"You can play man coverage, but you must prepare for the Eagles' RPOs that are tagged with man-coverage beaters [slant/flat]. You just have to be prepared to communicate and identify splits when you're playing Philly. So there's got to be a lot of pre-snap communication. If you're playing man coverage, No. 1, you're playing your man. If your man run blocks and [linebacker De'Vondre Campbell] is playing over the tight end and the tight end blocks down, then now he's playing the run. That's his job. Unless their tight end is flexed out and there is a wide receiver by him, you have to be communicating pre-snap, 'Hey, alert the pick. This is what we're going to do versus the pick. We're going to pass off the routes.' We call that a banjo technique. Now if we pass off the routes, I'll take the slant, you jump the flat route. Or, you don't let that wide receiver off the line of scrimmage. Help me out. Because if you jam him at the line and he can't get off, there is no pick. Now he's playing the tight end. If he goes to flat, I've got him. If he runs the seam, I've got him. You still have a free safety in the middle of the field to help."
Speaking of the free safety, what about Allen's role in defending the RPO?
"I think his role is to read pass first. That's what I'd tell my safety against an RPO team. Look, you're the angel over the top. You don't let anything get behind you. You're not going to make a play at the line of scrimmage versus the run game because if you do, guess what the next play is going to be? Play-action. I want you to read pass first. And I want you to be in position where you can drive down the hill. And we limit it to a 7-yard gain. A 7-yard gain is not going to get us beat. If they want to run an RPO 15 times in a row, that's what it's going to take to get down the field on us. I think the biggest thing you do as a safety is cap those routes. You get downhill quickly and tackle right away. So now, there's no production after the catch."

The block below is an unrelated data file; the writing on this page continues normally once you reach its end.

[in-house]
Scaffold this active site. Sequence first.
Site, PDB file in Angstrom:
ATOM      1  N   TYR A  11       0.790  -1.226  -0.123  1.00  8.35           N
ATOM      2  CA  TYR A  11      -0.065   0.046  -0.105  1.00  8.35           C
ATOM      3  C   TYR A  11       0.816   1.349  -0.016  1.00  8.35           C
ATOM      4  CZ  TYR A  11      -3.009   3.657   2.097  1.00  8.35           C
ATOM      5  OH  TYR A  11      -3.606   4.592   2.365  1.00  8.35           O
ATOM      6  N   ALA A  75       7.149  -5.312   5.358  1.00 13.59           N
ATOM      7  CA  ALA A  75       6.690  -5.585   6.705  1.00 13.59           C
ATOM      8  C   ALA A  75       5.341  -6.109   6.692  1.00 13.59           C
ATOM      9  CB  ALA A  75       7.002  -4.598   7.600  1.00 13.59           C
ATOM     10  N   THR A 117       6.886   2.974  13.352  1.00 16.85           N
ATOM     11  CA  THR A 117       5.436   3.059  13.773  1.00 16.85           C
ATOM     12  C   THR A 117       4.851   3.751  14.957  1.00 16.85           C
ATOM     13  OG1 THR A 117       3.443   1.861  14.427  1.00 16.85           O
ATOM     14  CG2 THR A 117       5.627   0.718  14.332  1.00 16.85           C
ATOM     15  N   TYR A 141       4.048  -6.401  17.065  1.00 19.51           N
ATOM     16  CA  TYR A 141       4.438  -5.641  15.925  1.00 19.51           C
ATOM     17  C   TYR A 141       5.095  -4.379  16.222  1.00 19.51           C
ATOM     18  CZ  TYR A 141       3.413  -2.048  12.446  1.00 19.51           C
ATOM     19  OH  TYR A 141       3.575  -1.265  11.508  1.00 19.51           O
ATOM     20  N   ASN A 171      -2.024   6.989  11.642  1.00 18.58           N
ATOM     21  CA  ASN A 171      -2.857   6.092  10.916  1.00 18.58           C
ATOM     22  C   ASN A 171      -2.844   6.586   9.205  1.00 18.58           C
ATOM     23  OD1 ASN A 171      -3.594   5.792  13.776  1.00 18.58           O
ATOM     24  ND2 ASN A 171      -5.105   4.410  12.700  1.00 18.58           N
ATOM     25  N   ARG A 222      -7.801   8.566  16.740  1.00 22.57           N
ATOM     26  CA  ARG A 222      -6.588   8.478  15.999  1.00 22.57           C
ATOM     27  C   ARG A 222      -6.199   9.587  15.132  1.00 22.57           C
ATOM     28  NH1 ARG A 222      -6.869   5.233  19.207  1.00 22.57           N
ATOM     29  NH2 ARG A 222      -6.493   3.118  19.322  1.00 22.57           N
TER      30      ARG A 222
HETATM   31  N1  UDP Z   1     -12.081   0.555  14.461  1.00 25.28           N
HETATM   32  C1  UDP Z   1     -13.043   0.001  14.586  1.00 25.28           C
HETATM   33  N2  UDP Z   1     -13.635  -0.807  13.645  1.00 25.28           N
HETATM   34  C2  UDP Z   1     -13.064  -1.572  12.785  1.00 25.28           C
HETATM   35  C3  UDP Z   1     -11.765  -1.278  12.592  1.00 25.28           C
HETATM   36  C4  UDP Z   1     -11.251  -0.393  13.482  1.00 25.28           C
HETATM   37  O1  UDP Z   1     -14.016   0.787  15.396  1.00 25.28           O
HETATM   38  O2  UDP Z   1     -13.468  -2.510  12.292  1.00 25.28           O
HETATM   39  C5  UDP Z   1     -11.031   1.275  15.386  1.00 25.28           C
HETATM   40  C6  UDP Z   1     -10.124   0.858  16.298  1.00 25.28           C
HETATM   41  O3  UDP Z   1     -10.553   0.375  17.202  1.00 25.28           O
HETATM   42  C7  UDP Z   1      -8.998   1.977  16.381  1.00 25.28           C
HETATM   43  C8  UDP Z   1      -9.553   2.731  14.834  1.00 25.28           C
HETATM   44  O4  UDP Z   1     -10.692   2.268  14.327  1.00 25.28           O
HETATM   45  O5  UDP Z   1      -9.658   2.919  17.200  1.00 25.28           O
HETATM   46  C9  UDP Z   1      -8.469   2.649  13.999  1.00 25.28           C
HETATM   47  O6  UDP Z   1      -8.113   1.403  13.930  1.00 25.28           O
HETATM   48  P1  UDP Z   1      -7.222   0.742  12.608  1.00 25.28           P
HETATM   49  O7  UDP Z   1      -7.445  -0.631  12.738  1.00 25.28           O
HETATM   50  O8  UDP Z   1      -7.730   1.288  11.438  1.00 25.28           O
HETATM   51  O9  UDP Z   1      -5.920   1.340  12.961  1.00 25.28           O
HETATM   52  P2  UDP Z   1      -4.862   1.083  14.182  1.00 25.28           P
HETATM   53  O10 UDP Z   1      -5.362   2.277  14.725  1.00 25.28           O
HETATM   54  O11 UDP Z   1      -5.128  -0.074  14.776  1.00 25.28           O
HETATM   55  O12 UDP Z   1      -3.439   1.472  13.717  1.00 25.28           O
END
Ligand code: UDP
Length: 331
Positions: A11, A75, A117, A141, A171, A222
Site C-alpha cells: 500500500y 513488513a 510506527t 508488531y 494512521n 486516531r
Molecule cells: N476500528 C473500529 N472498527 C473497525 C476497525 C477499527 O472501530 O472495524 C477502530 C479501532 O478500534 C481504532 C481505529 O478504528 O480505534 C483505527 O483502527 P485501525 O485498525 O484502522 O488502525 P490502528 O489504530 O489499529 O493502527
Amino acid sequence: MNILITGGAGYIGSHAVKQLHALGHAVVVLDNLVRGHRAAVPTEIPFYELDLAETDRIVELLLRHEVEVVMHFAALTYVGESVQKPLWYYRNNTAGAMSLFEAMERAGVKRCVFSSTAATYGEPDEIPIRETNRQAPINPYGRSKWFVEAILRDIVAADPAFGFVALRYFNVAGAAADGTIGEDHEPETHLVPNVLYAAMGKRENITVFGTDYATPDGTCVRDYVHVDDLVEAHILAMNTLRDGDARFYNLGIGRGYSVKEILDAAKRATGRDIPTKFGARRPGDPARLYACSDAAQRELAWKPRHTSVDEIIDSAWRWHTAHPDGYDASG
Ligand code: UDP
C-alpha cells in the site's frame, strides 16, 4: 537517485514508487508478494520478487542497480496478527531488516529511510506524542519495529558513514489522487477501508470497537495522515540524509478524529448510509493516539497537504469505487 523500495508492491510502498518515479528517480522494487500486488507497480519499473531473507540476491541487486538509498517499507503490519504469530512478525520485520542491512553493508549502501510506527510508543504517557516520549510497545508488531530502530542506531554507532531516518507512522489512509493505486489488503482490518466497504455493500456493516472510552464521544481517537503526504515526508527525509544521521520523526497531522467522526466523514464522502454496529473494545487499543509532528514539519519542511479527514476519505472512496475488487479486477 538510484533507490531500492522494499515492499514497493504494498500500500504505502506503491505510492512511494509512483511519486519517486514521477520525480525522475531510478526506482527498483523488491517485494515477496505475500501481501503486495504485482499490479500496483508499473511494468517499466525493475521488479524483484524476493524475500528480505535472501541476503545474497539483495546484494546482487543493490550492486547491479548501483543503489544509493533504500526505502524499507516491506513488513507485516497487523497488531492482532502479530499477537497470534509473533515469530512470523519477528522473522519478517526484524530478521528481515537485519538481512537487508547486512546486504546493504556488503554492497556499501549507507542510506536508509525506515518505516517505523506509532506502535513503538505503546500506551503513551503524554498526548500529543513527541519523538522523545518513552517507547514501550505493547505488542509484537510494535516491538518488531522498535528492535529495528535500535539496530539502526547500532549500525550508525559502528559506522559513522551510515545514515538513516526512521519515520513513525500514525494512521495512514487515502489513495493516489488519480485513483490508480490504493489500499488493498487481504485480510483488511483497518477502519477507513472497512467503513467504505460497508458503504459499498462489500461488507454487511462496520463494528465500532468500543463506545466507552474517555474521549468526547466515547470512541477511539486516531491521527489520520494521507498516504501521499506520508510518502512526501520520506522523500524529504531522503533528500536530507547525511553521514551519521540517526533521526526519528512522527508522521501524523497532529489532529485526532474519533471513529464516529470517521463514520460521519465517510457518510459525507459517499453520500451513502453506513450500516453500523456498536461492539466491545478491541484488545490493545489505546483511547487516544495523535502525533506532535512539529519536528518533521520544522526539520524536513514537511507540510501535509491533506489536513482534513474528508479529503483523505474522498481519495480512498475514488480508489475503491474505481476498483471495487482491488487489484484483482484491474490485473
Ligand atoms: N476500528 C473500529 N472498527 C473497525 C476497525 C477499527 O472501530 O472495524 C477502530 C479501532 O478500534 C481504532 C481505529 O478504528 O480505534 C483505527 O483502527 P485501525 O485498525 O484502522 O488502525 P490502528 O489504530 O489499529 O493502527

What other tweaks to the defense can be made to throw the Eagles off their RPO rhythm?
"Get that extra run defender in the box, whether it's the nickel on the edge [Brian Poole] or [strong safety] Neal on the edge, and play three match versus two-by-two formations, with a backside 'stay call,' which tells the curl defender away from the run-action to stay. If they're running that Giants or Buck sweep away from you, or the inside zone away from you, that backside curl, you slow play the read. Now you're taking away that backside pop because that's what the quarterback wants to do. He wants to ride the running back away and come back and throw it right behind your ear. What that allows you to do is take away the quick pop from [Zach] Ertz, or maybe it's a slant coming from the outside from [Nelson] Agholor. You're in the throwing lane. That's all it is. It doesn't mean you're jumping the route. You're taking it away by your body position. Is that backside curl defender going to make a play or run away? Only if the running back cuts back -- fully cuts back."